There are two variants of the aggregation model 10 resulting from the ownership, or “branding”, of the presentation experience and the communication channel between the aggregator 14 and the customer 12. In one variant, the aggregator 14 may offer aggregator branding, thus totally owning both the presentation experience and the communication channel between the aggregator 14 and the customer 12. In the other variant, the aggregator 14 may offer sponsor-branding, thus staying “behind the scenes” in terms of the presentation experience and supporting the communication channel between the aggregator 14 and the customer 12 on behalf of the sponsor 18.

The second prevalent model for electronic bill presentment is a biller direct model 20, which is shown in FIG. 2. In its simplest form, the biller direct model 20 includes a customer 12 and at least one biller 16. In the biller direct model 20, each biller 16 retains the customer-related invoice data and the full relationship with the customer 12 (i.e., the presentation experience and the communication channel). The customer 12 may have software for providing a capability similar to Web browser bookmarking so as to allow easy navigation between billers, and thus some level of virtual aggregation. However, there is no actual aggregation such as with the aggregator 14 of the aggregation model 10 described above.

The above-described models present a dichotomy between a sponsor-centric view and a biller-centric view of bill presentment. That is, the aggregation model 10 allows the aggregator 14 and/or the sponsor 18 to use customer-related invoice data, bill presentment, and the communication channel between the aggregator 14 and the customer 12 for cross-selling or other peripheral services. The biller direct model 20, on the other hand, insures that control of customer-related invoice data, bill presentment, and the communication channel between the biller 16 and the customer 12 remains with the biller 16.

Also, neither of the above-described models adopt a truly customer-centric view. That is, neither of the above-described models allow a customer 12 to interact directly with individual billers 16 while retaining the benefits of interacting with a single aggregator 14 such as, for example, the ability to retain a single authentication and log-in procedure and a common bill presentation framework. Further, neither of the above-described models allow a customer 12 to retain the benefits of interacting with a single aggregator 14 while allowing the aggregator 14, billers 16, and sponsor 18 to retain certain preferences such as, for example, the ability to retain control of customer-related data and a communication channel with each customer 12. Accordingly, it would be desirable to provide a distributed data accessing technique which addresses the above-mentioned shortcomings of the above-described models.

OBJECTS OF THE INVENTION

One object of the present invention is to provide a distributed data accessing technique that allows a customer to interact directly with individual billers while retaining the benefits of interacting with a single aggregator.

Another object of the present invention is to provide a distributed data accessing technique that allows a customer to retain the benefits of interacting with a single aggregator while allowing the aggregator, billers, and sponsor to retain control of customer-related data and a communication channel with each customer.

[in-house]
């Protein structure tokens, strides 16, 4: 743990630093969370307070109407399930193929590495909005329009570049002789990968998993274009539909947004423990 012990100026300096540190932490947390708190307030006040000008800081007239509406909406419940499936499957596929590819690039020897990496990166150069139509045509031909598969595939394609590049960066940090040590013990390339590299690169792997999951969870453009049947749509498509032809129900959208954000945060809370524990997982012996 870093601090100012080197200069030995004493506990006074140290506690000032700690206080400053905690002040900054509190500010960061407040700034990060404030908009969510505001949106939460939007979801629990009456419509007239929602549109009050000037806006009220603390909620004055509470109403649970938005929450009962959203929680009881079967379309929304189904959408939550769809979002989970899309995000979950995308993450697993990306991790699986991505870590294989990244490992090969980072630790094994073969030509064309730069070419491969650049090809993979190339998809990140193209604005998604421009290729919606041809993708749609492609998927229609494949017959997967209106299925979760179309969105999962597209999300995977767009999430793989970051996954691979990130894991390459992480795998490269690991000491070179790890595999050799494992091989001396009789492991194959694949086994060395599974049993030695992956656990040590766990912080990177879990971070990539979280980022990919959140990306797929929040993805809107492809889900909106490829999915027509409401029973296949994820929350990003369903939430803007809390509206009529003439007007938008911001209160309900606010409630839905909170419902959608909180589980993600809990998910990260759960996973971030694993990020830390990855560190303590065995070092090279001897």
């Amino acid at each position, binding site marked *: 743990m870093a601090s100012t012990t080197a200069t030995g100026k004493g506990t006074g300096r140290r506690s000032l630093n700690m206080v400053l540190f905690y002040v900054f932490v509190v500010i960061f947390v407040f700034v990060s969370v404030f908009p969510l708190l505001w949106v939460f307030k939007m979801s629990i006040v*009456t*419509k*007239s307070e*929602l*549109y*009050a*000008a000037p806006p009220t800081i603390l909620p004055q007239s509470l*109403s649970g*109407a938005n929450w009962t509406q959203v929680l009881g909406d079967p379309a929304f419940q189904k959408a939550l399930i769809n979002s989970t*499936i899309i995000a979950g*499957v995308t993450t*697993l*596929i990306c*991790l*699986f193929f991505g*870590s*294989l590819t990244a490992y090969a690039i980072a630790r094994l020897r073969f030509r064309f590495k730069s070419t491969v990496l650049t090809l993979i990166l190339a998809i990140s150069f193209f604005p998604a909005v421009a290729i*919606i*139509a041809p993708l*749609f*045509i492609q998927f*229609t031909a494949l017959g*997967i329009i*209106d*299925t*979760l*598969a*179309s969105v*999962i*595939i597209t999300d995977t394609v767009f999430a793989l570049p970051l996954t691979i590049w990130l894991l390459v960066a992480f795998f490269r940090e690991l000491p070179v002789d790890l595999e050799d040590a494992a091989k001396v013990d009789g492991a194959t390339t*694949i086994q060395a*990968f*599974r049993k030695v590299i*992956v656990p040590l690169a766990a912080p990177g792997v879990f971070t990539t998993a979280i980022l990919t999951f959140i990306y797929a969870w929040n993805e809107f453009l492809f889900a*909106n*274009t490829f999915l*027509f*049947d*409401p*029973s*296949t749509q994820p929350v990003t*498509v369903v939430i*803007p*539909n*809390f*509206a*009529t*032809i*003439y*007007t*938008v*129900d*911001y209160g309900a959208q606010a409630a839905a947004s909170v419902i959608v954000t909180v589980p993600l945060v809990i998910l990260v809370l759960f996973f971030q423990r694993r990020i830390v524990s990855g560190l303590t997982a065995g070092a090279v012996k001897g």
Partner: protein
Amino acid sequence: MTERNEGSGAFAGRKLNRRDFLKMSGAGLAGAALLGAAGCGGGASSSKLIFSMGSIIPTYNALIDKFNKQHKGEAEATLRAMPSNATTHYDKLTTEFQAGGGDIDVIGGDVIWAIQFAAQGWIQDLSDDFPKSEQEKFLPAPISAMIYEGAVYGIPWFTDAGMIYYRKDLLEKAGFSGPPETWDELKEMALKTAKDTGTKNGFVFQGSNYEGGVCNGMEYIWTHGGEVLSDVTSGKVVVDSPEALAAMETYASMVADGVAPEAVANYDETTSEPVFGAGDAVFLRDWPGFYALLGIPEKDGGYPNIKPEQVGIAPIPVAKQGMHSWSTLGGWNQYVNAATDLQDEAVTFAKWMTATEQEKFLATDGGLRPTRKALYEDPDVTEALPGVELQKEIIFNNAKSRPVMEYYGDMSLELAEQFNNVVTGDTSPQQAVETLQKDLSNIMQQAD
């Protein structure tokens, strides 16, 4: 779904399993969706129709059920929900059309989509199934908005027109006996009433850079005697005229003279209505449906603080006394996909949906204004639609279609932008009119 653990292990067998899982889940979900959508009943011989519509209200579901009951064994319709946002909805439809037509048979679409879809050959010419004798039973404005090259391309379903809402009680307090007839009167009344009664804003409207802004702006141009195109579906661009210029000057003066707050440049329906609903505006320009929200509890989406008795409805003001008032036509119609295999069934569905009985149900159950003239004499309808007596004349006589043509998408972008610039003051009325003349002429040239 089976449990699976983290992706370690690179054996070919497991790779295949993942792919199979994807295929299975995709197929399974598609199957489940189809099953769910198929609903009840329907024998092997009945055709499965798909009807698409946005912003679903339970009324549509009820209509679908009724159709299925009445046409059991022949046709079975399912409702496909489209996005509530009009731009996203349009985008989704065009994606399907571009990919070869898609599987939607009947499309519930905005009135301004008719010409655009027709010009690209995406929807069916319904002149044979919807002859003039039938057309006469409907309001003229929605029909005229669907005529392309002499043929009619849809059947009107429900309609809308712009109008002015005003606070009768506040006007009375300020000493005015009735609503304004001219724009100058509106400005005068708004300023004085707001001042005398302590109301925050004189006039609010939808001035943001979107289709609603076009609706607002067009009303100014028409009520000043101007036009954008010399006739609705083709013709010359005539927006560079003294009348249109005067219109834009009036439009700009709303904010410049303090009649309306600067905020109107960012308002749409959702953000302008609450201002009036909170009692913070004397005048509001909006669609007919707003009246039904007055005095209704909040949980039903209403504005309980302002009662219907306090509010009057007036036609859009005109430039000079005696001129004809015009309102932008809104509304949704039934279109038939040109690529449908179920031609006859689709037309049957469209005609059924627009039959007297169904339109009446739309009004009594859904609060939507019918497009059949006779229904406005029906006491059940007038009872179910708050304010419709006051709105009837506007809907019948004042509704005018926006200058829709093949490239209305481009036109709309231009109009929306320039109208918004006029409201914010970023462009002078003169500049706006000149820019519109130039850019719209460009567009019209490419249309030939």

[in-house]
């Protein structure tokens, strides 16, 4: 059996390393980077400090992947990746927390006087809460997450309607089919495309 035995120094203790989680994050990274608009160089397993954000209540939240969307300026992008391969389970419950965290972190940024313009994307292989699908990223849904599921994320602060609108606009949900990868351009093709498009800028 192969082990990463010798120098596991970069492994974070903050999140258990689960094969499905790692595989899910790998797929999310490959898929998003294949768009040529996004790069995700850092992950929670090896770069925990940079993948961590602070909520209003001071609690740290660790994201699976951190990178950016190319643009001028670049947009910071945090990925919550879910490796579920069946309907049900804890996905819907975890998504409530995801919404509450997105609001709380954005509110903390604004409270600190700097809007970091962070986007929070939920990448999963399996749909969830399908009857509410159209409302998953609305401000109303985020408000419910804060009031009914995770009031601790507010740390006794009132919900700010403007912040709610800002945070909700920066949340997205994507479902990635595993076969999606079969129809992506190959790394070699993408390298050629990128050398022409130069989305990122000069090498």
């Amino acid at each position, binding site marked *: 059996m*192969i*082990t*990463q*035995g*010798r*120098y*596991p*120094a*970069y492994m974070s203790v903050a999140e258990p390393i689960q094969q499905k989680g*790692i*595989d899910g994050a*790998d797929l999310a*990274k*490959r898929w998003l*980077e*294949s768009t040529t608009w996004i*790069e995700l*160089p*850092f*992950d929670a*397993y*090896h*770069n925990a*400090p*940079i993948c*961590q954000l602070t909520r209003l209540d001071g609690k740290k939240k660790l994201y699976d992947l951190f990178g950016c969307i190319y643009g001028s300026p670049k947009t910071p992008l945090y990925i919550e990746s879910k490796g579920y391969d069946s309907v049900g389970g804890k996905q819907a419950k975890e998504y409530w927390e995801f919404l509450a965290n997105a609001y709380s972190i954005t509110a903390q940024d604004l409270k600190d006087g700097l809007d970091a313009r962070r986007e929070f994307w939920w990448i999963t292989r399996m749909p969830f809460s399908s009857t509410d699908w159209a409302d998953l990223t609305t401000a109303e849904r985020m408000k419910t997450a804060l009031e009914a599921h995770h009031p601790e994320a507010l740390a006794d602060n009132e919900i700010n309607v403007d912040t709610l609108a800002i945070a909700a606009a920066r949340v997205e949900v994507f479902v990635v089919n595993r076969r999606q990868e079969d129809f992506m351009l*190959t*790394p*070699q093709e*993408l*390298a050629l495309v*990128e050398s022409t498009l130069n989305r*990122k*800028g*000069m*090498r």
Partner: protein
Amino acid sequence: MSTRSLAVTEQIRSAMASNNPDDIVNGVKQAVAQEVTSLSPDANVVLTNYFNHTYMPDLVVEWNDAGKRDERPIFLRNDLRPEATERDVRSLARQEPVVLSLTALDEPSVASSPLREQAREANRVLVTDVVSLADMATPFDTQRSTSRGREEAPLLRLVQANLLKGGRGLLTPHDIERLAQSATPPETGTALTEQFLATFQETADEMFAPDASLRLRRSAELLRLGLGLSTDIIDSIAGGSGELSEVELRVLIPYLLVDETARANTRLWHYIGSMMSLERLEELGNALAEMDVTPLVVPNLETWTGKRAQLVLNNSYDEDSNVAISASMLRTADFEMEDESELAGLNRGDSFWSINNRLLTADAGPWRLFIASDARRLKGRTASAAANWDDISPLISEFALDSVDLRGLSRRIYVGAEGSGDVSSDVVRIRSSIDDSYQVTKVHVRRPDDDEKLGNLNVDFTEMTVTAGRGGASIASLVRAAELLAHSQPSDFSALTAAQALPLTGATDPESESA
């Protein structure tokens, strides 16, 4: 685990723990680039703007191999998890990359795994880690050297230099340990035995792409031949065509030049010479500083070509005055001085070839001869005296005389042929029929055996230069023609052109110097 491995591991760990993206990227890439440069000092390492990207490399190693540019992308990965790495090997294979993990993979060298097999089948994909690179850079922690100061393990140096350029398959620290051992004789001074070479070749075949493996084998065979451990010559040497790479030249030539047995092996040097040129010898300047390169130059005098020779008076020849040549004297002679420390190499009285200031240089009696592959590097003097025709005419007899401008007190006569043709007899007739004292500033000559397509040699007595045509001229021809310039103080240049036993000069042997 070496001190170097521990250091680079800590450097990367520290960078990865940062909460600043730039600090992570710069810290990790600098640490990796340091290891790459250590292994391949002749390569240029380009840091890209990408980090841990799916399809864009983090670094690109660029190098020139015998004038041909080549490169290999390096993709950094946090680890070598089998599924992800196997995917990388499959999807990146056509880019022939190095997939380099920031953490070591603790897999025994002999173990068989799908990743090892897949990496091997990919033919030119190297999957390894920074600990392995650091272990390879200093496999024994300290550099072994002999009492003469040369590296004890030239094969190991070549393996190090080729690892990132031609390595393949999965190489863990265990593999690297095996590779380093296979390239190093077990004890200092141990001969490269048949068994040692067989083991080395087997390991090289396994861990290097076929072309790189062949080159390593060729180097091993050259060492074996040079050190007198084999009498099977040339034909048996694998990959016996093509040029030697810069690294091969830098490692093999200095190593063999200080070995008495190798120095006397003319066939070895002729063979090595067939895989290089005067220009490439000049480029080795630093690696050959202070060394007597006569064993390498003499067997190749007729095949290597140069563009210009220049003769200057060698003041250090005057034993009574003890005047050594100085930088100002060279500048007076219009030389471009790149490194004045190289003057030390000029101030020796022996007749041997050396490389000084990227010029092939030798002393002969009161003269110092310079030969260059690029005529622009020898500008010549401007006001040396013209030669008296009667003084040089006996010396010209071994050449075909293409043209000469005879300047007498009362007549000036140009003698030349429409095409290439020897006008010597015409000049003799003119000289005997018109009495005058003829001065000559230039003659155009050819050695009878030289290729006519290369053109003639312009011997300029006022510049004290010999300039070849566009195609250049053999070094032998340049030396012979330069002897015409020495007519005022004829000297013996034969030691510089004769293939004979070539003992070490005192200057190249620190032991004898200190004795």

Another object of the present invention is to provide a distributed data accessing technique that allows complete flexibility as to who is offering bill presentment: billers only, aggregator only (possibly on behalf of one or more sponsors), or some combination of the above.

Another object of the present invention is to provide a distributed data accessing technique that allows the biller greater flexibility in the presenting supplemental information, such as promotional materials, to customers as part of the electronic bill presentment and/or payment process.

The above-stated objects, as well as other objects, features, and advantages, of the present invention will become readily apparent from the following detailed description which is to be read in conjunction with the appended drawings.

SUMMARY OF THE INVENTION

In accordance with the invention, an electronic bill presentment network includes a central network station, preferably a network server, and multiple user stations, each associated with one of multiple different users. The user stations could be personal computers or other network devices. The stations may be interconnected by virtually any type of network, although preferably the stations are interconnected and communicate via the Internet.

The central network station is configured, e.g. programmed, to transmit bill availability information via the network, typically responsive to requests from the user stations. A database is beneficially provided to store the bill availability information which will be transmitted by the central network station. The database may be located on a network memory at the central station or elsewhere on the network. Preferably, the user stations transmit requests for the bill availability information and the central network station transmits the bill availability information responsive thereto. The transmitted bill availability information identifies available bills of different billers for the different users. The bill availability information may identify the available bills with or without providing bill summary information, such as the amount of each, or all, of the identified bills for a user.